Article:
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Displaying items by tag: Corinthian

#dragonsailing –After a weekend of intense Dragon keelboat action on Dublin Bay, Class Captain Conor Grimley writes that after eight decades in the making, the Dragon class is breathing new fire into the Irish sailing scene – and it’s much more accessible than it appears

The Dragon class has never been so strong in international waters as it is today. At over 80 years old, the classic design has endured – and its popularity has ensured that build quality is second to none.

True enough, the class has been somewhat elusive on the domestic scene, with international competitions tending to take precedence over regional events and club racing.

Still, the Irish Dragon fleet has a strong core spread between Dublin Bay, Kinsale and Glandore, where Corinthian sailors mix it with professionals, providing for exciting racing.

Into the bargain is the fact that newer boats don't have it all their own way, such is the quality of older models. And now momentum is coming back to the domestic scene as well.

Take the eighth and final race of the 2014 season at Kinsale, where Lawrie Smith, the Whitbread Round the World legend and current Irish champion, pipped the all-amateur Dublin Bay crew of Phantom – a 10-year-old boat – in a virtual photo-finish. You can't get better than that for club sport.

Sleek design
There are few better sights in yacht racing than the sleek lines of a fleet of Dragons, with their beautiful hull shape and timeless sail plan.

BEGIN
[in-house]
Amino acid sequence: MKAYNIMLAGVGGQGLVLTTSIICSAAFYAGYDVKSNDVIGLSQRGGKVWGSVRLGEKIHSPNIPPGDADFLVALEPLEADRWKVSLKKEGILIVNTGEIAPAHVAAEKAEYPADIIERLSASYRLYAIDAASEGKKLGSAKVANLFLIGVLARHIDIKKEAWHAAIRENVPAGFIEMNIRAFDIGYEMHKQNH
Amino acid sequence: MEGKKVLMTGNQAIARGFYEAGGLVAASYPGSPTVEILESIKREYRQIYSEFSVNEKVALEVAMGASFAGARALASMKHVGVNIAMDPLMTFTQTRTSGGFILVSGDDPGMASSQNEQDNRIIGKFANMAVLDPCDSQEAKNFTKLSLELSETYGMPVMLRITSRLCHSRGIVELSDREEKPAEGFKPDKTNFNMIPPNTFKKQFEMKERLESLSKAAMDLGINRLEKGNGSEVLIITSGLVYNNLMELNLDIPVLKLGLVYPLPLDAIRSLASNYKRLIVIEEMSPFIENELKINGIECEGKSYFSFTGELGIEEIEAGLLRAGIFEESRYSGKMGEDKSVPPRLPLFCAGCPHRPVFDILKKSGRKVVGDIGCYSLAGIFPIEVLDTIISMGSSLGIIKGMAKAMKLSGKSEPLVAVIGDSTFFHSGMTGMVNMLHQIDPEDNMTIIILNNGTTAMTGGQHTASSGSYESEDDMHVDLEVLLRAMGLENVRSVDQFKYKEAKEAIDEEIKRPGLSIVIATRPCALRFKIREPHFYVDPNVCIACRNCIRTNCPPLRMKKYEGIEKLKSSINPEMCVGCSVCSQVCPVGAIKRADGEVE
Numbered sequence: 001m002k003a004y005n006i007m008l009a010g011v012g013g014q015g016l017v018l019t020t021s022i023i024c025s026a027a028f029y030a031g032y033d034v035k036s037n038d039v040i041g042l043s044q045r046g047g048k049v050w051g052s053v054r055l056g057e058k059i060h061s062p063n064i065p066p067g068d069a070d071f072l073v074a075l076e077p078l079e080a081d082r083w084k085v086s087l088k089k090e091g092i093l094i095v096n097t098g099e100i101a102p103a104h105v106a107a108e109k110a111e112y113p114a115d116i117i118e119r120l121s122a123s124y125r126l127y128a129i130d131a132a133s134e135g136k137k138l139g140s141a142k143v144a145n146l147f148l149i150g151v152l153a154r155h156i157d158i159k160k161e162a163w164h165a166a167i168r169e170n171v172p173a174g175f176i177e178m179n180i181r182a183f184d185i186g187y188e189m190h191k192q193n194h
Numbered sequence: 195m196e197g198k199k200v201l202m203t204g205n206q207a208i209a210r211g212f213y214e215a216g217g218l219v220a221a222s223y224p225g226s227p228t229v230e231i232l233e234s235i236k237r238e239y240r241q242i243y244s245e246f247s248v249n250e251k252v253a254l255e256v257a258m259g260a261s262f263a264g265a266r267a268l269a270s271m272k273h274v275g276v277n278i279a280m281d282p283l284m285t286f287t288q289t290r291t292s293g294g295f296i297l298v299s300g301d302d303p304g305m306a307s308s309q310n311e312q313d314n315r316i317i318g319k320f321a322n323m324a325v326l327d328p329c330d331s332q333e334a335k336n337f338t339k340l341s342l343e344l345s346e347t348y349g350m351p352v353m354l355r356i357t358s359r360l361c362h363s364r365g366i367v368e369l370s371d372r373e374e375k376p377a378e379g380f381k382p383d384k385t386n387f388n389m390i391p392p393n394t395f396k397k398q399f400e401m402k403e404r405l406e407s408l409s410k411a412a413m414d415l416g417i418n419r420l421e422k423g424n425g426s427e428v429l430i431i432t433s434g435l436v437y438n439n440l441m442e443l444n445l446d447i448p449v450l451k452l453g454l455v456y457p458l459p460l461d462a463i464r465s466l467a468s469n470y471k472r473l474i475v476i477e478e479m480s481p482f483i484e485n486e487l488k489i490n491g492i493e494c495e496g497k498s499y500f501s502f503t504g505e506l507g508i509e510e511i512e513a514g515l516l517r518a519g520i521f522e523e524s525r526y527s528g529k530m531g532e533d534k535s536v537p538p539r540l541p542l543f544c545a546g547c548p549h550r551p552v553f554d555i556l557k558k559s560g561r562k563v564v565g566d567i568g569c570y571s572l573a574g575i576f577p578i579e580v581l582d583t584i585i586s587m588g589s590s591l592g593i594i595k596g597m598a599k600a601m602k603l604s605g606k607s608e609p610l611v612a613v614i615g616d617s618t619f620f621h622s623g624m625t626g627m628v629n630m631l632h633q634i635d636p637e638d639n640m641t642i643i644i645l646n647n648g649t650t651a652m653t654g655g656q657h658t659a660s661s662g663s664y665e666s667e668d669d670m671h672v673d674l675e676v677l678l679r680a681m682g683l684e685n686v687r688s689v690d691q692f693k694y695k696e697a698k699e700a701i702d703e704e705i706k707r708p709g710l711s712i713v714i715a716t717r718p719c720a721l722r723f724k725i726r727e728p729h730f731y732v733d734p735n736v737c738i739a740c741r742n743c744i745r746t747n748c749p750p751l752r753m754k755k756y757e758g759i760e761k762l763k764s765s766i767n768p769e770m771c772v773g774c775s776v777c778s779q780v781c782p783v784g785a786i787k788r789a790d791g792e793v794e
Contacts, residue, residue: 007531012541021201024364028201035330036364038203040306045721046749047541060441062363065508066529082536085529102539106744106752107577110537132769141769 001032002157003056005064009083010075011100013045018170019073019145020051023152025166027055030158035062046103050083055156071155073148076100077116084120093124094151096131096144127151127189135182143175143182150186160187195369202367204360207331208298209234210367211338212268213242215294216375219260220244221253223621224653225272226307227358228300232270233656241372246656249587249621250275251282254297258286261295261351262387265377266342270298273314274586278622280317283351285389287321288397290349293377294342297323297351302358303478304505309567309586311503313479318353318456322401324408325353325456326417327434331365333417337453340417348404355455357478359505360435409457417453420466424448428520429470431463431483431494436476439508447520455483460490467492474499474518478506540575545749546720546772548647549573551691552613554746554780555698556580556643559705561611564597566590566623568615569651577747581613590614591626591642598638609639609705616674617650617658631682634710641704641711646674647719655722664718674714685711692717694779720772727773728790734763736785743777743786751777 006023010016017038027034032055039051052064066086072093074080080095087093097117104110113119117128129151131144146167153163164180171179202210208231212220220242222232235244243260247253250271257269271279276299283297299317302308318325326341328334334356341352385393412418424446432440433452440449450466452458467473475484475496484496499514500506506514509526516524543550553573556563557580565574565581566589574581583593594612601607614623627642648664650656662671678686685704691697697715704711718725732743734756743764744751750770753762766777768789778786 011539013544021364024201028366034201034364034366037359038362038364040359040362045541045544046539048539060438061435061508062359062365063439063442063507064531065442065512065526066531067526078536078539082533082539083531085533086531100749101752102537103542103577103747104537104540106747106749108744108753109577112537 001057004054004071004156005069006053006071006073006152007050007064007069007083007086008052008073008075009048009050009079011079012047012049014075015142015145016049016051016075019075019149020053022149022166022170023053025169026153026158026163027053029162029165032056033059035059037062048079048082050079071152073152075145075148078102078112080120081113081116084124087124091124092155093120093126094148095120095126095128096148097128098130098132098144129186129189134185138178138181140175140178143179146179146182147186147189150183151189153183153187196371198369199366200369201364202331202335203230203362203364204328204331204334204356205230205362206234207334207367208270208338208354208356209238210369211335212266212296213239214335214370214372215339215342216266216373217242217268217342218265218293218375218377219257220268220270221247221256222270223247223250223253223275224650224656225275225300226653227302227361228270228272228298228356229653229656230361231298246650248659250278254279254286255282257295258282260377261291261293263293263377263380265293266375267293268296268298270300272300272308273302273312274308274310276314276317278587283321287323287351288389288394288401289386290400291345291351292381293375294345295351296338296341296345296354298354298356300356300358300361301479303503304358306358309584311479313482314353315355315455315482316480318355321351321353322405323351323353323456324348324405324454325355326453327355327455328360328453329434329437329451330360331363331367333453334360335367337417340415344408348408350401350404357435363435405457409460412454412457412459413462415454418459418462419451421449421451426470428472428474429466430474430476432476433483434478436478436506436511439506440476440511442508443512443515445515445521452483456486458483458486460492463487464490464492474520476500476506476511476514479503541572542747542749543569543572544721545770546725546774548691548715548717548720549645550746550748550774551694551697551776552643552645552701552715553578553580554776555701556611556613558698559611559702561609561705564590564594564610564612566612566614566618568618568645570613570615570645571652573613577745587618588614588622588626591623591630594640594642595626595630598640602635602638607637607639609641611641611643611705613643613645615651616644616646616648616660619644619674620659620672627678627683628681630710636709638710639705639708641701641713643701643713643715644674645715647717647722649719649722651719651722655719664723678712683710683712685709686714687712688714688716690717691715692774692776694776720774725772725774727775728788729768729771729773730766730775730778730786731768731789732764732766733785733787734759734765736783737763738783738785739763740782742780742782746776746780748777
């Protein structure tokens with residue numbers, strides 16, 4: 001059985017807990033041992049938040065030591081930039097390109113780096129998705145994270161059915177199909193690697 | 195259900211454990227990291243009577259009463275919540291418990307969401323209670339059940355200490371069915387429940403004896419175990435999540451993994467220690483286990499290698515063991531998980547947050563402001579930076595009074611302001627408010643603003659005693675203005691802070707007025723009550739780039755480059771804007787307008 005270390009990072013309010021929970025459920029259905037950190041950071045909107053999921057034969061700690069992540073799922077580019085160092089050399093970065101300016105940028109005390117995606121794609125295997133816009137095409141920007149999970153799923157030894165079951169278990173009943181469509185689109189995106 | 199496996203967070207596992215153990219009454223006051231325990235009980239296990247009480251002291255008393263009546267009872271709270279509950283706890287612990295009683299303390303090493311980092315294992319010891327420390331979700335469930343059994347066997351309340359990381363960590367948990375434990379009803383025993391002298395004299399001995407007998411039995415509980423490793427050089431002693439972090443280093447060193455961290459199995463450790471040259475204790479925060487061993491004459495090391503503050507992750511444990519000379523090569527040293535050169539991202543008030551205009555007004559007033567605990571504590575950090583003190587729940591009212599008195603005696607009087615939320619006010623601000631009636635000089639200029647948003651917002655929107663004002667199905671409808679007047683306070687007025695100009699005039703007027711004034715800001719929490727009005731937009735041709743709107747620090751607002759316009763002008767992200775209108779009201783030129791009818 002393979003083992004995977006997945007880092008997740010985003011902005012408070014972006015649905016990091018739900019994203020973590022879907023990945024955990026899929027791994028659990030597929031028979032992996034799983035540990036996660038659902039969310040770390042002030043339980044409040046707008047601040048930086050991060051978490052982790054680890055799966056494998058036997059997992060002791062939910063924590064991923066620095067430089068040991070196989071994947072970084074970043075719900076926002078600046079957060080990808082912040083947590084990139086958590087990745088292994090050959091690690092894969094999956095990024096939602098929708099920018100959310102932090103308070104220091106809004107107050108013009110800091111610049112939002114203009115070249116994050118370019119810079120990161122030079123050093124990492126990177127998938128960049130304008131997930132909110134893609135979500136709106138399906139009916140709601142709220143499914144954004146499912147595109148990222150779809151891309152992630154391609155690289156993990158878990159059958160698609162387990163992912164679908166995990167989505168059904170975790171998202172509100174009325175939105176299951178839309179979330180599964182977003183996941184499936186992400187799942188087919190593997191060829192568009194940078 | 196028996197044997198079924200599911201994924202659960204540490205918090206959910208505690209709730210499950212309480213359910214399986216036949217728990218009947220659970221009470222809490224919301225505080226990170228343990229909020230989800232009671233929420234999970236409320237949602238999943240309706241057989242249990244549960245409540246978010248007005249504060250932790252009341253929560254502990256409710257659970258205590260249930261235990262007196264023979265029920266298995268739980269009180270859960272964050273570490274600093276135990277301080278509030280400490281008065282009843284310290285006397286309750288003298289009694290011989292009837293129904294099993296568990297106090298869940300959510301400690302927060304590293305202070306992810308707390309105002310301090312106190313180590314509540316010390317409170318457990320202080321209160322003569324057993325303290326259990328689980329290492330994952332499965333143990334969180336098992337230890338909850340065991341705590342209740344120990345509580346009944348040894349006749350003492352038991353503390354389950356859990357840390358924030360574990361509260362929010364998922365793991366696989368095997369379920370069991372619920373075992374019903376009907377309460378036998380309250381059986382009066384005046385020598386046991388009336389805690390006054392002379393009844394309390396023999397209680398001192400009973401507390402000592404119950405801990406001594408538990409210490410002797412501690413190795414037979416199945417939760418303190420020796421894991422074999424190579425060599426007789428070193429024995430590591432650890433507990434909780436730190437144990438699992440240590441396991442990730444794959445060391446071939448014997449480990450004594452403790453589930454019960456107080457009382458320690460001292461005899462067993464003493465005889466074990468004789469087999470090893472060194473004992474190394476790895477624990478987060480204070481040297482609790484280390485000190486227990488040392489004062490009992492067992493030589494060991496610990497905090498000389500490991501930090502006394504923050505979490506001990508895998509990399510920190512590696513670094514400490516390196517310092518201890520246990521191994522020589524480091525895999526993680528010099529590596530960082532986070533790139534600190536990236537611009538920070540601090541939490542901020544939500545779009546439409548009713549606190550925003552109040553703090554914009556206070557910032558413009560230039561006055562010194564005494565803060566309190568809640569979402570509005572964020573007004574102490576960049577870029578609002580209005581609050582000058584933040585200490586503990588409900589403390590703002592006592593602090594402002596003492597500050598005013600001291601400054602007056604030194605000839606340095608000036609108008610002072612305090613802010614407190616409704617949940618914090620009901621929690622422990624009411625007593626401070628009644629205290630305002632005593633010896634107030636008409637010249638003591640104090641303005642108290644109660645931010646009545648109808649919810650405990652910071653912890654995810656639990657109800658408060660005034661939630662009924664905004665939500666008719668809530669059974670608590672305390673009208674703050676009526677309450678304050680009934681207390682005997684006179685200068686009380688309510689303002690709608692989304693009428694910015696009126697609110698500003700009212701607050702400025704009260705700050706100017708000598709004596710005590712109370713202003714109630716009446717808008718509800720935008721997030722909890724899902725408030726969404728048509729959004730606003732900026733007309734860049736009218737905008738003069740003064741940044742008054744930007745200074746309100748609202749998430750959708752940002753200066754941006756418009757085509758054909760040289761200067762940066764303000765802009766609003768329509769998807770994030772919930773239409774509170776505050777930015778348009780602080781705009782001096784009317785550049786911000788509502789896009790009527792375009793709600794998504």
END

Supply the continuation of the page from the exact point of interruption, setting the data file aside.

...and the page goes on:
To sail one is just as great a pleasure. Surprisingly responsive at the helm, the Dragon moves beautifully upwind and downwind in all conditions. If a little over-canvassed in heavier conditions, simply drop the main sheet down the track, crank on more running backstay, and you'll find its performance is very reassuring indeed.

Crew weight is a consideration, but it's not the whole story – and over time Dragon sailors develop a strong body core. Sail trim is aided by fine-tuning on the main and genoa sheets.

Contemporary designs are brilliantly thought-out overall, with modern-specification rigging systems that are second to none.

Running costs
Appropriately enough, the basic running cost of the Dragon sits midway between that of dinghy keelboats and cruiser-class yachts.

At eight metres, it is bigger than the average six-meter dinghy keelboat but a tad smaller than the nine-meter cruisers. The Dragon is dry-sailed, and club parking, like marina berths, tends to be priced on a per-metre basis, so size really counts here.

A new suit of sails for the average Dragon costs up to 5,500 for genoa, spinnaker and main. The difference? That’s about 30 per cent up from the keelboat dinghy, but 30 per cent less than what you’d pay for cruiser racer sails. Again, there’s nothing unfair in any of that. In fact, these figures may come as something of a surprise. Dragon sailors, however, bemoan the common observation that it’s a beautiful boat but unduly expensive.

Outlay